The Art of Refraction in Photography

June 16, 2013 in Behind the Lens by Amanda

They're Watching

Okay, so I’m sure you’ve seen these kinds of pictures before. When you first saw them you stared and stared thinking to yourself, how did the photographer do that? It had to be Photoshop! Although, you can do pretty much anything in Photoshop these days, this stunning little trick you don’t need Photoshop for. Sometimes you can be lucky enough to find it in nature, but other times you have to do a little prep work behind the scenes. Let me introduce you to the art of refraction.

What is refraction?

Well, according to science it has this big fancy shmancy technical definition, but for the sake of photography let’s just say it’s the inversion of something. (See, my Applied Science degree for photographic technology is going to come in handy because I’m teaching you guys how to apply science to your photography!) This means that when you have a cute little water droplet just chilling it can act as a prism that flips an upside down image right side up.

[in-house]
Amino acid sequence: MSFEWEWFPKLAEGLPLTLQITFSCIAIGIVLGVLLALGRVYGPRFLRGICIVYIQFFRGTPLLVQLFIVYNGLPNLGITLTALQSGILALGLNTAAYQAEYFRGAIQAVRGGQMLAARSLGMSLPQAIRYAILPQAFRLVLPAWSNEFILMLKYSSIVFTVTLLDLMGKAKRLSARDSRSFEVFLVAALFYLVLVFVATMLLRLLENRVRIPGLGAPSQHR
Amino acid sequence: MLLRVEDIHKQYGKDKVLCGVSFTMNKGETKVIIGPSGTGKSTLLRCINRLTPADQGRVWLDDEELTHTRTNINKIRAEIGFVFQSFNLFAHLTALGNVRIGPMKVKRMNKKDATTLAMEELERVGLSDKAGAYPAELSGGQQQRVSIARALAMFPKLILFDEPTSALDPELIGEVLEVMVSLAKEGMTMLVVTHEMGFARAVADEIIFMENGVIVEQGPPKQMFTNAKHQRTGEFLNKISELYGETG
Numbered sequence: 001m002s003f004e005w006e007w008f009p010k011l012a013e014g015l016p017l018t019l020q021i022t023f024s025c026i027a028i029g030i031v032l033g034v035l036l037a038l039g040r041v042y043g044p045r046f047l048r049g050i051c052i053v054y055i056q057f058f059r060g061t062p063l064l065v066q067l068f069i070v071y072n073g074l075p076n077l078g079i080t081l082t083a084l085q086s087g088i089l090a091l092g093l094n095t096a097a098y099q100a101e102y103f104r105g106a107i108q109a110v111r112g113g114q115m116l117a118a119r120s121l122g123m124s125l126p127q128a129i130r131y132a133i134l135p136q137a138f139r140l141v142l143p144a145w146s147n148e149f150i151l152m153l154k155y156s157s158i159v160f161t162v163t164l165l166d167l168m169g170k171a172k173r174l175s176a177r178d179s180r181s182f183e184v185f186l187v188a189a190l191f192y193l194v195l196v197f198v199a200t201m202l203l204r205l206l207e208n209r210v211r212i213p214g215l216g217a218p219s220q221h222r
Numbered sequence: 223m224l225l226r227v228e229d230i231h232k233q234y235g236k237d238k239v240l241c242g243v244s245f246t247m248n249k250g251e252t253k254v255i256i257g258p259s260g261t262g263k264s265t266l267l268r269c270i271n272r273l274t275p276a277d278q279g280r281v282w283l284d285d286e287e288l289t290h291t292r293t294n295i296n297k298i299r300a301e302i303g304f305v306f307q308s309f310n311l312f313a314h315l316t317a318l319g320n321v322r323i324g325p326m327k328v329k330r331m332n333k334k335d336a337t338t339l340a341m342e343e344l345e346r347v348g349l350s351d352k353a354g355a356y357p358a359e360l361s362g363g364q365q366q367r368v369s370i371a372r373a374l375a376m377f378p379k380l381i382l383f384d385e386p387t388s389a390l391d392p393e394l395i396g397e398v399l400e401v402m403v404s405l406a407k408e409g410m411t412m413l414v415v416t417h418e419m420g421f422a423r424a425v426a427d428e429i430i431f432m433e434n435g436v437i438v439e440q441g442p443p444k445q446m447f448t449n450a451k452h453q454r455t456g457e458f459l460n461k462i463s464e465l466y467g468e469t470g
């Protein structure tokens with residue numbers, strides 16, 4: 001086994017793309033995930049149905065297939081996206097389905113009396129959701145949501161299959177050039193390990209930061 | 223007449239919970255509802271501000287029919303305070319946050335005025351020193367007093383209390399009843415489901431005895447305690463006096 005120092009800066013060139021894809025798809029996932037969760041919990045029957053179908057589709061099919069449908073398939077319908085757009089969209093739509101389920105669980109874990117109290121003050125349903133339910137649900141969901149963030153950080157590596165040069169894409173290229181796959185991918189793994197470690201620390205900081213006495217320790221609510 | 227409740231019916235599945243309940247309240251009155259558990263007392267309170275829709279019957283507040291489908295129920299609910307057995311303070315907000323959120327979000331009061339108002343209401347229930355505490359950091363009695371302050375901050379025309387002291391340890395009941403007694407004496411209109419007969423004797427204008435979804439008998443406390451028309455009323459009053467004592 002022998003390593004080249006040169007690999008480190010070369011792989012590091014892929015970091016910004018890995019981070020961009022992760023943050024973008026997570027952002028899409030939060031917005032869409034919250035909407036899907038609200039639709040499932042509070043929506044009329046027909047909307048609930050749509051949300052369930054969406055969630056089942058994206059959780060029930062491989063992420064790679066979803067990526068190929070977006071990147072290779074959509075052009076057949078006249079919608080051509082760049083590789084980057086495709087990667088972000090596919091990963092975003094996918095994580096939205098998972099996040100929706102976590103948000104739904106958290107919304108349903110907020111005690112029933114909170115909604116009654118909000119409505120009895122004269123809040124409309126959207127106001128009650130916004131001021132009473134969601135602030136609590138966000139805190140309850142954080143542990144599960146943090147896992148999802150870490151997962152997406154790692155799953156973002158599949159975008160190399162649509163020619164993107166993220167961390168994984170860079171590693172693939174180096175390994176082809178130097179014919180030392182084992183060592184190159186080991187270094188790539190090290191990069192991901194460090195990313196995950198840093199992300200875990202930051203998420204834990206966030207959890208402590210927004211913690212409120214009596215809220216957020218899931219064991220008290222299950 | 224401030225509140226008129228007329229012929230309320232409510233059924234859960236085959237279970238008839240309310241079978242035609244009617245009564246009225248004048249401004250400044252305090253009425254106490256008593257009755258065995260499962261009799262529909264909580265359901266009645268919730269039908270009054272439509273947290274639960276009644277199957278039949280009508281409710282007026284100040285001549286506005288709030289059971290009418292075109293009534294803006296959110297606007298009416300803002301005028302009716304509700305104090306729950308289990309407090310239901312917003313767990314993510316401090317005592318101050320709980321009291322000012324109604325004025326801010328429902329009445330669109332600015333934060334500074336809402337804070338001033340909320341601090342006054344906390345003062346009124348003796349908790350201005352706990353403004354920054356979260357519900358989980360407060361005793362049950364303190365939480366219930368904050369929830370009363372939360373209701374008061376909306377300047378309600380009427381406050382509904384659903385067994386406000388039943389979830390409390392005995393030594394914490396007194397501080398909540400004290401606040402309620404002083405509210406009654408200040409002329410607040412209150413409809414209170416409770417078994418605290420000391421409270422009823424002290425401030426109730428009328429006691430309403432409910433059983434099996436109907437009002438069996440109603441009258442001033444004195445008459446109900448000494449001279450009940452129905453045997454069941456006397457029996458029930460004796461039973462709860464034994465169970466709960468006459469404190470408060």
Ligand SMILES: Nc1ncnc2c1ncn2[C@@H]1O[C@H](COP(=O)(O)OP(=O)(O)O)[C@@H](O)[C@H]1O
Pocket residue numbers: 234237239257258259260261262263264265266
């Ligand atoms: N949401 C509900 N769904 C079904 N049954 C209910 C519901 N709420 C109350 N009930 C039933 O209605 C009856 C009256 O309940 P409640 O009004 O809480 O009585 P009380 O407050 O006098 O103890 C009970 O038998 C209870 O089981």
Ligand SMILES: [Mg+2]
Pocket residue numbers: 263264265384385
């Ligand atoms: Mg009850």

How do you create this effect?

Not everyone is lucky enough to have nature bless them with this Kodak moment, but there is a way to do it on your own. Flowers are a popular choice for refracting in water droplets, but there are a ton of creative possibilities out there to have fun experimenting with. You can go outside and compose your image with plants and flowers around and simply use a dropper to place water droplets around until you can see the image you want being refracted in the droplet or you can become Dr. Frankenstein like I did and set up your own little lab indoors if you don’t have enough foliage accessible to you.

I used a photograph of a daisy I had previously taken and flipped it upside down in the background. You can use any kind of picture you want for this. I would suggest something with a main, prominent focal point though. Then I simply draped the vine of a house plant in front of the photograph and began placing water droplets along the vine with the dropper. The most difficult part of this process is getting the water droplets to stay in place, but with a little persistence and patience you’ll get it to work. It’s really cool to see the image become right side up in the droplet. When you line everything up, you can start composing and snapping away!

Hope you enjoy and have fun with this little trick! I can’t wait to see what pictures you end up taking. Don’t forget to connect with me on Flickr!